But, how do pumpkins relate to professional coaching, leadership, or small business consulting -- the topics that make up my main shtick?
I promise, pumpkins do. Stay with me for this 5-minute read and I'll explain.
The Key Messages
It's all summed up in a truly purposeful book called The Pumpkin Plan by Mike Michalowicz.
Yes, his surname is hard to pronounce, so he's okay if you call him Mike Motorbike.
The book in a nutshell
If I had to sum up the premise of his book, it would include these main points:
Plant the right seed and identify what you do better than anyone else and bring all your attention on doing just that while serving your best clients.
Weed out the rest and eliminate the processes and expenses that don't align with what you do best and how you serve your top clients.
You're not an entrepreneur if you're doing the work. This concept is a tough pill for many small business owners to swallow. Mike mentions another favourite business writer of mine -- Michael E. Gerber -- who wrote in his book, The E-Myth Revisited, that if you are doing the work, you've just bought yourself a job. You are a technician or a manager, NOT an entrepreneur. Mike hammers this point home.
You can't scale your business if you do most or even some of the work.
You need systems to identify the process of getting results -- systems don't guarantee results.
I love simple concepts. Other short reads that capture a huge punch with powerful ideas are:
Mike Michalowicz addresses how to implement seven strategies in The Pumpkin Plan. His explanations and real life/real business case examples are what makes the book worth reading.
Here's one caveat that I feel I must address: Mike use's mild profanity in his book. He's from New Jersey and explains that it is the way he speaks and the way entrepreneurs do in the real world, so he's staying authentic to who he is -- with his words. If you're uncomfortable with any degree of profanity, perhaps pass on this book.
Before we highlight these strategies, allow me to provide a bit of content:
Each year, Americans start a million new businesses of which 80 per cent will fail within the first 5 years. All the more reason to work with a business coach!
In Canada, between 2010 and 2015, the average number of small to mid enterprises created annually was 95,000 AND the average number of businesses that disappeared annually was 85,000. (source: Gov't of Canada)
Mike's metaphor to help entrepreneurs beat this statistic comes from the inspiration he got when reading an article about a local farmer who dedicated his life to growing giant pumpkins. His epiphany was that the same process could apply to growing a successful business.
Don't try to grow ordinary Halloween or pie pumpkins. Go for the giant pumpkin, that magical gourd that is your secret sauce and your superpower. Don't settle for growing an ordinary, unremarkable business. Make yours the one that gets the attention and weighs in as the big kahuna.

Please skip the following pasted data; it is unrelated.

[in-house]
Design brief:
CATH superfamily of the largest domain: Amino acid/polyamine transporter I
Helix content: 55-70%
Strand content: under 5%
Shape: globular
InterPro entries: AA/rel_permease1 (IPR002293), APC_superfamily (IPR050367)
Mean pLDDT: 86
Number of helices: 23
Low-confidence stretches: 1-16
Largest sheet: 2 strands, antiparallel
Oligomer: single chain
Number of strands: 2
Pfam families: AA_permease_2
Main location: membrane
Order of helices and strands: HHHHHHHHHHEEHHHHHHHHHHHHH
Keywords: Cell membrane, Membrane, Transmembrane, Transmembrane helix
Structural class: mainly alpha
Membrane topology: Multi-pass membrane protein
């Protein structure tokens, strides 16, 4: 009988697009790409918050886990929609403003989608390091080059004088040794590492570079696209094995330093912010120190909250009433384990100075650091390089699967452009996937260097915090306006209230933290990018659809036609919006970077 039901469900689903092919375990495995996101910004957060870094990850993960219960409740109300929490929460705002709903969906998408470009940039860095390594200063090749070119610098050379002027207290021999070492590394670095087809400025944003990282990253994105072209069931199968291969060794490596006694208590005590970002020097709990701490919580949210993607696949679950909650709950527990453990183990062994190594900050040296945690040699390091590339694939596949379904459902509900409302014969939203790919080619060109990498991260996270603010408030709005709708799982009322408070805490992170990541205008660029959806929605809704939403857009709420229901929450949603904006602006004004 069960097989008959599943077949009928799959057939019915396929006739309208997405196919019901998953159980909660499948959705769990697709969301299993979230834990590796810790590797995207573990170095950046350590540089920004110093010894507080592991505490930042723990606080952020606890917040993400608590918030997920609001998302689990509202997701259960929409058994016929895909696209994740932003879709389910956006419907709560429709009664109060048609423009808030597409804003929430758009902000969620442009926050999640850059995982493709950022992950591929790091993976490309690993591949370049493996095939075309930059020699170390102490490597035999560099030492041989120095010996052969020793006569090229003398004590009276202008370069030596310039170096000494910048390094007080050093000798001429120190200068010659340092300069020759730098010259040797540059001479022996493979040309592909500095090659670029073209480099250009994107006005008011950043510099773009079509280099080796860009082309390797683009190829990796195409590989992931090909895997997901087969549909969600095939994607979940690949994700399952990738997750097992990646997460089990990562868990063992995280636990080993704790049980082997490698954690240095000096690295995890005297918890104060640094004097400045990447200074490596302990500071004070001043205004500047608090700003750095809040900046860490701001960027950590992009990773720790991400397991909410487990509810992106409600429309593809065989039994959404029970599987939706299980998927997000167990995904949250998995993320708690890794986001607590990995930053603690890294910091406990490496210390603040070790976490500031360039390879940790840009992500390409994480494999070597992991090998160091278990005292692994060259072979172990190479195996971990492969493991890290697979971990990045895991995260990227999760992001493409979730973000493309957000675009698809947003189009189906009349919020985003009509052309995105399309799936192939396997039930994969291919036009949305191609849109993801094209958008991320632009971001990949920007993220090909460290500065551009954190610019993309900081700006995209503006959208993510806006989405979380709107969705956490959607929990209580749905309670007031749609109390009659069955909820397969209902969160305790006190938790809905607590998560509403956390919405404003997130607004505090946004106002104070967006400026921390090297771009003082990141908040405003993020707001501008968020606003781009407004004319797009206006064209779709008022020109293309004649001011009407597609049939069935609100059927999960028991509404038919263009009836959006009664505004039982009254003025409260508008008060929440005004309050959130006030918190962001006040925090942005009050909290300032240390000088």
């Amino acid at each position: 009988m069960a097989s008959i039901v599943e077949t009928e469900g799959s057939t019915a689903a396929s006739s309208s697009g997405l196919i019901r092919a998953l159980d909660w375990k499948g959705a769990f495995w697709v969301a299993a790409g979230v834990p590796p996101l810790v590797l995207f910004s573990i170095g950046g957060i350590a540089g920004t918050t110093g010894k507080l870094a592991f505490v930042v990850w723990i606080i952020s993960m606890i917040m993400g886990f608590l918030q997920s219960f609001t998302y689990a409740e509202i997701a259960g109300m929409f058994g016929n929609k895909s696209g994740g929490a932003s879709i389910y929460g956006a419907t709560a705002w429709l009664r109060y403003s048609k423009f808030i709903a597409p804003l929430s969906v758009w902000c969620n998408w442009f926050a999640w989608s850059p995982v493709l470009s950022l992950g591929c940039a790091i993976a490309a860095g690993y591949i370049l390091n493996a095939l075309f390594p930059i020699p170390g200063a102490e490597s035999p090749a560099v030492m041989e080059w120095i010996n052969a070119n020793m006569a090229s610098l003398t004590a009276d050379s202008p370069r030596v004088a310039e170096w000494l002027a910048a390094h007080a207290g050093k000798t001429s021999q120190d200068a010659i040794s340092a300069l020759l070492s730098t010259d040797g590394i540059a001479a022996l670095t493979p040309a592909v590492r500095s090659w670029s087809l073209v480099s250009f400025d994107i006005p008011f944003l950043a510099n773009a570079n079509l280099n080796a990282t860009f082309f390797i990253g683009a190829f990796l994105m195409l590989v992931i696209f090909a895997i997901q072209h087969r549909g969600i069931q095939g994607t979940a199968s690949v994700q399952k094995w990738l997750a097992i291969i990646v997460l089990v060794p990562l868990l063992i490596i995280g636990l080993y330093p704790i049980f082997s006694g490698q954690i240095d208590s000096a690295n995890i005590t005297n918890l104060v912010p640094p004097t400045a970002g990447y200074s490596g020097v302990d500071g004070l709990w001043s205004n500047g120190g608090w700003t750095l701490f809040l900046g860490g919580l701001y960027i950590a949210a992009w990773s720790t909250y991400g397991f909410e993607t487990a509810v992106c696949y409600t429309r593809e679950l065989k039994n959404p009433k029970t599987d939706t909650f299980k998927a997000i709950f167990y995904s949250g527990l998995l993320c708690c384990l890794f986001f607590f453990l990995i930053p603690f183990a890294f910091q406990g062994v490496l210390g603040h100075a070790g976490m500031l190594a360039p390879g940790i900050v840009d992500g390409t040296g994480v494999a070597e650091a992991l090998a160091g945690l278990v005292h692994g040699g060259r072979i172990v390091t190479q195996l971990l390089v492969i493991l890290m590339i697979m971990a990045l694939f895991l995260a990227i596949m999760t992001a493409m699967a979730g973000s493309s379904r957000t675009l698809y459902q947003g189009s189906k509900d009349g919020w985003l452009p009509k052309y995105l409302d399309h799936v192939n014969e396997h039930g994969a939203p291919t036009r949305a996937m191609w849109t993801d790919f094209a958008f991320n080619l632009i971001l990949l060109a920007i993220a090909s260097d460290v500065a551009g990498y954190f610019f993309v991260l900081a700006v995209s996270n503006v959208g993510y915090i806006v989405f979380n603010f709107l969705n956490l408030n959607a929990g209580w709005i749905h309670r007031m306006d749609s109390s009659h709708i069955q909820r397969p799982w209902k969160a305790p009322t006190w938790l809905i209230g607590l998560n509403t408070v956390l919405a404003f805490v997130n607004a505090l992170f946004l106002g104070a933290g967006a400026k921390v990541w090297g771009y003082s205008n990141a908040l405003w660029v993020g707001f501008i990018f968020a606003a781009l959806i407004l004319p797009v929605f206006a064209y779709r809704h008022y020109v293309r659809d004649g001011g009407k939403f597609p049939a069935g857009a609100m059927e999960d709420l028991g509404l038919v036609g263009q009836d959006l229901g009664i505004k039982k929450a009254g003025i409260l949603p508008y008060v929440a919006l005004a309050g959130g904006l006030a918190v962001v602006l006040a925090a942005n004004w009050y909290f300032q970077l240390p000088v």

Mike made The Pumpkin Plan work in 4 of his businesses with multimillion-dollar results. His purpose - I love that he's crystal clear about it - is to to help entrepreneurs thrive in any economy and he is sharing the right tools to help them achieve their dreams and scale their business. You can access a lot of free resources from Mike's website.
7 Strategies for Growing Your Great Pumpkin
The seven strategies are:
Identify your biggest natural strength. What is your area of innovation (AOI) for your business. Is it quality or price or convenience? It can't be all three. Mike gives some great examples from businesses like Walmart (low cost), Mercedes Benz (quality) and McDonald's (convenience).
Name your top clients. Rate them on a chart based on the criteria of: paying fast, revenue potential, and communication.
Fire your bottom list clients. These are the ones you spend a lot of time supporting but who don't generate enough revenue for you and who you struggle to please. Like the reference to the pumpkin farmer who weeds out the patch of the small, rotten pumpkins, do the same with your clients. It seems a bit harsh, but it is necessary.
Optimize your work force. Bring your energy and focus to your top clients and cut out any unnecessary expenses. Create an organizational chart based on the needs of your top clients and have the jobs/roles in your business match to these needs.
List your VIP clients. Solve the problems of your VIP clients. Take their calls first. Prioritize them. Underpromise and overdeliver to delight them.
Meet the wish list of your VIP clients. Talk to your clients. Understand challenges they face and get to know the vendors that best support them. Surround your VIP clients with care and attention.
Systematize your business. Take what you do for your top clients and break it down into the key steps. Refine the process so that anybody can follow it and so that you don't need to be the one doing it. Remember, if you're doing the work, you're not an entrepreneur. Identify the problem, create a solution, build it and have people or systems do the work without requiring your presence. Be the shareholder. Be the strategist.
Grow Your Great Pumpkin
One final and key point that I want to ensure gets covered:
Only plant seeds that will grow. Don't try to please everyone by doing things that don't align with your area of expertise. Take the time to figure out the ONE thing you do best and that is the winning pumpkin seed.
Plant it and nurture it until it becomes your great pumpkin, Charlie Brown.
Woman with pink hair pointing her finger upward with a surprised expression on her face